I’m a nerd. Instead of watching Hollywood movies, I watched the entirety of Google’s 3.5 hour keynote from their recent developer conference, Google IO. I really appreciate watching and learning from technology companies operating at spectacular scale. They put on quite a show (at least for geeks like me).
One hour and eighteen minutes (the link should take you the right spot in the video) into the keynote, Google executives unveiled new discovery and curation features for the Android Play Store for apps for teachers to use in class. Google hired a team of educational content experts to review and curate in-class apps. Google will release certified apps to a special section of the Android Play Store that educational IT staff and teachers can peruse.
Google will also provide tools for educational IT admins to centrally manage and distribute those apps throughout the school per teacher, class, grade level, and more. Google is dramatically simplifying IT management in large bureaucratic organizations that can’t attract top IT talent. This is a godsend for teachers who have wanted to deploy apps in class, but who haven’t had the necessary IT support.
This is a brilliant concept. In highly regulated, slow changing industries such as healthcare and education, the biggest barriers to adopting and integrating third-party apps into the core workflows are fear of inaccurate information and IT distribution and management challenges. Google is doing a tremendous favor for the educational system. This move will materially improve the uptake of in-class apps.
Obviously, this begs the question, “Why doesn’t Google do the same thing for healthcare?” Happtique and Healthtap recognized this need some time ago. They’re curating apps and providing IT infrastructure services to help manage and distribute those apps to employees along different job functions, roles, locations, etc.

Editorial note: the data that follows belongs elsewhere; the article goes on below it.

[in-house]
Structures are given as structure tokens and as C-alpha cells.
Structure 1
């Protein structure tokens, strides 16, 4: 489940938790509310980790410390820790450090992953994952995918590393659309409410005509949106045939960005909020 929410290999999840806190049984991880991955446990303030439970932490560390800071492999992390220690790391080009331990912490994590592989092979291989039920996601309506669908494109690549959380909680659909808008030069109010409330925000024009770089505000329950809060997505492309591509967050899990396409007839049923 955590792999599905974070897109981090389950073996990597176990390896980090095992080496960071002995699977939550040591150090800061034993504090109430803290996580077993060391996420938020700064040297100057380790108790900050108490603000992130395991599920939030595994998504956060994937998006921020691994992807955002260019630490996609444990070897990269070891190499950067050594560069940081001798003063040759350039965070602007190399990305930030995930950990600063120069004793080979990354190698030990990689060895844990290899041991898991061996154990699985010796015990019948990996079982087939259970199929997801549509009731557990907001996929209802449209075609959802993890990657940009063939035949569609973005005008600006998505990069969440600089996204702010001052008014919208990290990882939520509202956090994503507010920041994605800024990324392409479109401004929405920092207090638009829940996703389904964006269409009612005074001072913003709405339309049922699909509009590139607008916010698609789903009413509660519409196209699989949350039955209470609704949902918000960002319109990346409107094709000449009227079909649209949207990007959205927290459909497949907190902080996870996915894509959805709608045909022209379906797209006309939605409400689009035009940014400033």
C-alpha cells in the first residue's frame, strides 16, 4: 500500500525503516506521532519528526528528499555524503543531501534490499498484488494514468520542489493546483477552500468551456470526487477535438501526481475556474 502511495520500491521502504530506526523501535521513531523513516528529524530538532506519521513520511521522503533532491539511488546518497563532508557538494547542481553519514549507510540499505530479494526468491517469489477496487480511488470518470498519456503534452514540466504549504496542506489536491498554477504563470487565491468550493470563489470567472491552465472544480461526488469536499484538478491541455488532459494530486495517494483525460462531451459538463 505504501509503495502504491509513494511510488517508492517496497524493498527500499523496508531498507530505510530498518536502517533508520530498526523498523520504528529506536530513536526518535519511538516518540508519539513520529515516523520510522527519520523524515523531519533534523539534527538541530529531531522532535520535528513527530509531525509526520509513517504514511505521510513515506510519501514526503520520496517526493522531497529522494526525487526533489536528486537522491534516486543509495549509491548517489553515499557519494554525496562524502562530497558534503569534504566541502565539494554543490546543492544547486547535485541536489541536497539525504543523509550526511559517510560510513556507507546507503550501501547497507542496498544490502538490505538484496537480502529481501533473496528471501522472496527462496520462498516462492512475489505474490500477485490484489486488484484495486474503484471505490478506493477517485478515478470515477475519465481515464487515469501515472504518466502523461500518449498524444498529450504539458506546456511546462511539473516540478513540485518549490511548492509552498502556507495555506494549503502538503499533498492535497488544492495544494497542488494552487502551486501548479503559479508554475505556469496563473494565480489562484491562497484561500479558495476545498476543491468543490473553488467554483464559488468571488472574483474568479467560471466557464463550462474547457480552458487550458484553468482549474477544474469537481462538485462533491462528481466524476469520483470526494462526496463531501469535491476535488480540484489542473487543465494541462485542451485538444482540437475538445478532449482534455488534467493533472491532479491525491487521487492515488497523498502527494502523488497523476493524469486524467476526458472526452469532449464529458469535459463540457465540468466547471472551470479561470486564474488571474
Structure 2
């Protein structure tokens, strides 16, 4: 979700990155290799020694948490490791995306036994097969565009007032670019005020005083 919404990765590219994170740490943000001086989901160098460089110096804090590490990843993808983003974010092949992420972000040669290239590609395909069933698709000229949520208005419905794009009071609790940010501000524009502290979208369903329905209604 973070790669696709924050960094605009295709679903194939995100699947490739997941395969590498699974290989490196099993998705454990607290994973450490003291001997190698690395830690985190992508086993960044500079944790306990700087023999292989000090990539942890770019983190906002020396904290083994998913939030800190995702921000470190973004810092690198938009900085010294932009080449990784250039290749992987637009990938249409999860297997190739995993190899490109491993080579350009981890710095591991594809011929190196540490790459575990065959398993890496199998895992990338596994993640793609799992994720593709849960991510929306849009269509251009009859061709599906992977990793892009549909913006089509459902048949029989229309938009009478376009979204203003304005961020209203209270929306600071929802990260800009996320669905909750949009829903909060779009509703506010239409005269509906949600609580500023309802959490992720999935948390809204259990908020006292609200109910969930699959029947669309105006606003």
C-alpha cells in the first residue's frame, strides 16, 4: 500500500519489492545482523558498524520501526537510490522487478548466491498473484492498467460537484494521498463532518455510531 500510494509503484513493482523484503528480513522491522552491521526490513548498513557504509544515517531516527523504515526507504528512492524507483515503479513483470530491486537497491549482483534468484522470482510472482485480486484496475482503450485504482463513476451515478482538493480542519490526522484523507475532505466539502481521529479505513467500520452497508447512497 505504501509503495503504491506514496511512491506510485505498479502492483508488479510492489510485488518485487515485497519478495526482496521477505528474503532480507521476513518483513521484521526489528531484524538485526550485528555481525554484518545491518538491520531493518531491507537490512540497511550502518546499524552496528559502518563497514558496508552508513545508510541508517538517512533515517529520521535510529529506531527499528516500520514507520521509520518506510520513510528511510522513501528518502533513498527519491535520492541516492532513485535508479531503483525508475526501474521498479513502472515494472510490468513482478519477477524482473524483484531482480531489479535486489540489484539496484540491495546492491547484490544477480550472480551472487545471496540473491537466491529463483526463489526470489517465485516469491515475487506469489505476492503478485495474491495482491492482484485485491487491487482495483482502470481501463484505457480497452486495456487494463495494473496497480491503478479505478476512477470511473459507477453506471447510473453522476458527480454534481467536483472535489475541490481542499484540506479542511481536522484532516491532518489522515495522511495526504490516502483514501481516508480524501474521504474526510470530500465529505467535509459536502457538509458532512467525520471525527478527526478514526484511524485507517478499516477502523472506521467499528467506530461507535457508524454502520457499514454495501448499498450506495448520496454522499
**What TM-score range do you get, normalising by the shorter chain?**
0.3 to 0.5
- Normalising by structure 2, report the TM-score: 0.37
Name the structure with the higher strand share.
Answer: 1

Unfortunately, Happtique just hired a new CEO, which is never a good sign at a pre-revenue, pre-scale startup. Healthtap raised $24M to pursue other markets, but recently moved into the app curation and distribution space. We’ll see how well they fare. It’s too early to render any final judgment.
If you know anyone at Google – particularly anyone on the Android Play Store team – who can pull some strings, can you please refer them to this blog post? I’m sure that with just a little spark, Google can do for healthcare what they’re already doing for education.
Sorry Happtique and Healthtap, it looks like you’re going to be a classic case of “What if Google does it?”
Kyle Samani is inpatient deployment manager at VersaSuite of Austin, TX. This post originally appeared on HISTalk Connect.
Categories: The Business of Health Care
Brian and Sandra
My experiences with doctors are that they want to be able to more easily try and “prescribe” apps. Sure, not all of them do, but no physicians really seem opposed to the concept. IT may be though…
Google has the wherewithal to make this easy for hospital IT to more easily deploy apps for hospitals.
The issue is how easily it can be worked into their workflow – if they are involved in looking at the information or giving feedback somewhere along the way, the current systems don’t make it easy. Hopefully that will change as interoperability becomes more mature.
I think there’s another factor, Brian. It really requires healthcare providers to cooperate in some way, and that has not been a priority for them. It is in their interest to keep their patients dependent on their systems, hence their willingness to implement a portal where they can be tethered to their organization, and they find their methods of communicating with other providers works well enough that they don’t really have to help patients autonomous. Just an observation – I think at some point it will be in some providers’ interest to work with patient-enabling technology.
Compliance, They HAD a health centered direction five years ago; remember their entrance in with the personal cloud EMR (a great idea btw)
HIPAA and the new PPACA – shut it down. Too many lawyers, not enough pay to offset the regulations.
They could do it – but it would require them to invest in understanding that bill. Which few players in the market are eager to do.
Most of them are just waiting to see what new fine, fee, compliance pops up and is issued – rather than creating a stand alone system that is external to the mess.
It could be done. They wont.